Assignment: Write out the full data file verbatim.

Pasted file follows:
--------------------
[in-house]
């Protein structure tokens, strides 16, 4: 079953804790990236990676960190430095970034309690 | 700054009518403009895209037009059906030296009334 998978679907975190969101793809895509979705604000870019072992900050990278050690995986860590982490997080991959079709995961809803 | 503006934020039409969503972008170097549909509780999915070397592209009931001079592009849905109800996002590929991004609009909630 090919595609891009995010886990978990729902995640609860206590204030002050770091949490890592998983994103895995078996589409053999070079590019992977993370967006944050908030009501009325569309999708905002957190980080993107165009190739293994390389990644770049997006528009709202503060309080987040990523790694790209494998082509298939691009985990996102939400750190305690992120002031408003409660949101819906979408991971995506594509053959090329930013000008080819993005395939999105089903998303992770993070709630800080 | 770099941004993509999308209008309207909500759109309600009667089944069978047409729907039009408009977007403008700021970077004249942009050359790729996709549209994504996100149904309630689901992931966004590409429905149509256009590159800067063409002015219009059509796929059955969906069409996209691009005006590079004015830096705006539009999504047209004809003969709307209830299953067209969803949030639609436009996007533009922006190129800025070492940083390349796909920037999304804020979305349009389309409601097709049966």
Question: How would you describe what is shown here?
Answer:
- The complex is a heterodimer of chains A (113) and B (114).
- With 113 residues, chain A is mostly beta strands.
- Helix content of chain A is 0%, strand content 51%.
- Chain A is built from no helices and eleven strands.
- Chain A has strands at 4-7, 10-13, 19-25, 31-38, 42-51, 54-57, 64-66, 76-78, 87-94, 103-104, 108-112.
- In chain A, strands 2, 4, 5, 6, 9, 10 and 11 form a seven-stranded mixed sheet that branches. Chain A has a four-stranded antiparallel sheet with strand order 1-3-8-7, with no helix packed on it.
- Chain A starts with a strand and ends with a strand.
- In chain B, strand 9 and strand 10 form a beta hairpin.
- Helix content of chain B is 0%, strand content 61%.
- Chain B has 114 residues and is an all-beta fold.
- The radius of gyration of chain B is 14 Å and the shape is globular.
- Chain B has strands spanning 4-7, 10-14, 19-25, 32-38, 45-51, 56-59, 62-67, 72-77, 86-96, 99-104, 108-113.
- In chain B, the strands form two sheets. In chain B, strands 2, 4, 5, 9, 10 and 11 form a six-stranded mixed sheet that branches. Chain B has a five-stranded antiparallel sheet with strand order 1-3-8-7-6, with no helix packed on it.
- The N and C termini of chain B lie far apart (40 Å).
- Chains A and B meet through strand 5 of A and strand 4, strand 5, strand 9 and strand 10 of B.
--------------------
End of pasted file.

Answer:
[in-house]
């Protein structure tokens, strides 16, 4: 079953804790990236990676960190430095970034309690 | 700054009518403009895209037009059906030296009334 998978679907975190969101793809895509979705604000870019072992900050990278050690995986860590982490997080991959079709995961809803 | 503006934020039409969503972008170097549909509780999915070397592209009931001079592009849905109800996002590929991004609009909630 090919595609891009995010886990978990729902995640609860206590204030002050770091949490890592998983994103895995078996589409053999070079590019992977993370967006944050908030009501009325569309999708905002957190980080993107165009190739293994390389990644770049997006528009709202503060309080987040990523790694790209494998082509298939691009985990996102939400750190305690992120002031408003409660949101819906979408991971995506594509053959090329930013000008080819993005395939999105089903998303992770993070709630800080 | 770099941004993509999308209008309207909500759109309600009667089944069978047409729907039009408009977007403008700021970077004249942009050359790729996709549209994504996100149904309630689901992931966004590409429905149509256009590159800067063409002015219009059509796929059955969906069409996209691009005006590079004015830096705006539009999504047209004809003969709307209830299953067209969803949030639609436009996007533009922006190129800025070492940083390349796909920037999304804020979305349009389309409601097709049966």
Question: How would you describe what is shown here?
Answer:
- The complex is a heterodimer of chains A (113) and B (114).
- With 113 residues, chain A is mostly beta strands.
- Helix content of chain A is 0%, strand content 51%.
- Chain A is built from no helices and eleven strands.
- Chain A has strands at 4-7, 10-13, 19-25, 31-38, 42-51, 54-57, 64-66, 76-78, 87-94, 103-104, 108-112.
- In chain A, strands 2, 4, 5, 6, 9, 10 and 11 form a seven-stranded mixed sheet that branches. Chain A has a four-stranded antiparallel sheet with strand order 1-3-8-7, with no helix packed on it.
- Chain A starts with a strand and ends with a strand.
- In chain B, strand 9 and strand 10 form a beta hairpin.
- Helix content of chain B is 0%, strand content 61%.
- Chain B has 114 residues and is an all-beta fold.
- The radius of gyration of chain B is 14 Å and the shape is globular.
- Chain B has strands spanning 4-7, 10-14, 19-25, 32-38, 45-51, 56-59, 62-67, 72-77, 86-96, 99-104, 108-113.
- In chain B, the strands form two sheets. In chain B, strands 2, 4, 5, 9, 10 and 11 form a six-stranded mixed sheet that branches. Chain B has a five-stranded antiparallel sheet with strand order 1-3-8-7-6, with no helix packed on it.
- The N and C termini of chain B lie far apart (40 Å).
- Chains A and B meet through strand 5 of A and strand 4, strand 5, strand 9 and strand 10 of B.